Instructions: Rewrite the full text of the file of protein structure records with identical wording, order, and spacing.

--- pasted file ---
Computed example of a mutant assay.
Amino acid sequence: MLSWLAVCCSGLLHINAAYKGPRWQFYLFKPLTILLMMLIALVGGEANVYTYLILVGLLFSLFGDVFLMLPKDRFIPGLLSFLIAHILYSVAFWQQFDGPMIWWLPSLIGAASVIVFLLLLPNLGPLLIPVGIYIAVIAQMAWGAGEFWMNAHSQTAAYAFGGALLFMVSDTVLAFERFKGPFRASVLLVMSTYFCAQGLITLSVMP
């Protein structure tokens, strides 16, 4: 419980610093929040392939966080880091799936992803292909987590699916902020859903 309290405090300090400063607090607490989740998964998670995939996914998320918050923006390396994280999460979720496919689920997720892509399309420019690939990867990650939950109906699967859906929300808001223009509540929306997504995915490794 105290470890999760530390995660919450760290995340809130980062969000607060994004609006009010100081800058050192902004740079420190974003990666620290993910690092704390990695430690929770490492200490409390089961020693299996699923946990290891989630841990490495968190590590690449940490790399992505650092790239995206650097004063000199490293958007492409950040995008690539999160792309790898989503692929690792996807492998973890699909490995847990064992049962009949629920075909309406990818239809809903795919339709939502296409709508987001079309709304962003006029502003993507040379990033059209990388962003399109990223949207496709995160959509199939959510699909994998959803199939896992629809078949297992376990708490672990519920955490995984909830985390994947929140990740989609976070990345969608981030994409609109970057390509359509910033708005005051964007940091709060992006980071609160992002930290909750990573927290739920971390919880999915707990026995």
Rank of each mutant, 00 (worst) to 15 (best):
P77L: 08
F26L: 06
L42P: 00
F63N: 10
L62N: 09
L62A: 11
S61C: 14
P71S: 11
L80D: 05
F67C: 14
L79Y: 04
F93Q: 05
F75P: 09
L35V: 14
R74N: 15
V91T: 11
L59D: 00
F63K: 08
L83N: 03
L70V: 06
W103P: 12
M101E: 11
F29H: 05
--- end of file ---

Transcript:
Computed example of a mutant assay.
Amino acid sequence: MLSWLAVCCSGLLHINAAYKGPRWQFYLFKPLTILLMMLIALVGGEANVYTYLILVGLLFSLFGDVFLMLPKDRFIPGLLSFLIAHILYSVAFWQQFDGPMIWWLPSLIGAASVIVFLLLLPNLGPLLIPVGIYIAVIAQMAWGAGEFWMNAHSQTAAYAFGGALLFMVSDTVLAFERFKGPFRASVLLVMSTYFCAQGLITLSVMP
């Protein structure tokens, strides 16, 4: 419980610093929040392939966080880091799936992803292909987590699916902020859903 309290405090300090400063607090607490989740998964998670995939996914998320918050923006390396994280999460979720496919689920997720892509399309420019690939990867990650939950109906699967859906929300808001223009509540929306997504995915490794 105290470890999760530390995660919450760290995340809130980062969000607060994004609006009010100081800058050192902004740079420190974003990666620290993910690092704390990695430690929770490492200490409390089961020693299996699923946990290891989630841990490495968190590590690449940490790399992505650092790239995206650097004063000199490293958007492409950040995008690539999160792309790898989503692929690792996807492998973890699909490995847990064992049962009949629920075909309406990818239809809903795919339709939502296409709508987001079309709304962003006029502003993507040379990033059209990388962003399109990223949207496709995160959509199939959510699909994998959803199939896992629809078949297992376990708490672990519920955490995984909830985390994947929140990740989609976070990345969608981030994409609109970057390509359509910033708005005051964007940091709060992006980071609160992002930290909750990573927290739920971390919880999915707990026995």
Rank of each mutant, 00 (worst) to 15 (best):
P77L: 08
F26L: 06
L42P: 00
F63N: 10
L62N: 09
L62A: 11
S61C: 14
P71S: 11
L80D: 05
F67C: 14
L79Y: 04
F93Q: 05
F75P: 09
L35V: 14
R74N: 15
V91T: 11
L59D: 00
F63K: 08
L83N: 03
L70V: 06
W103P: 12
M101E: 11
F29H: 05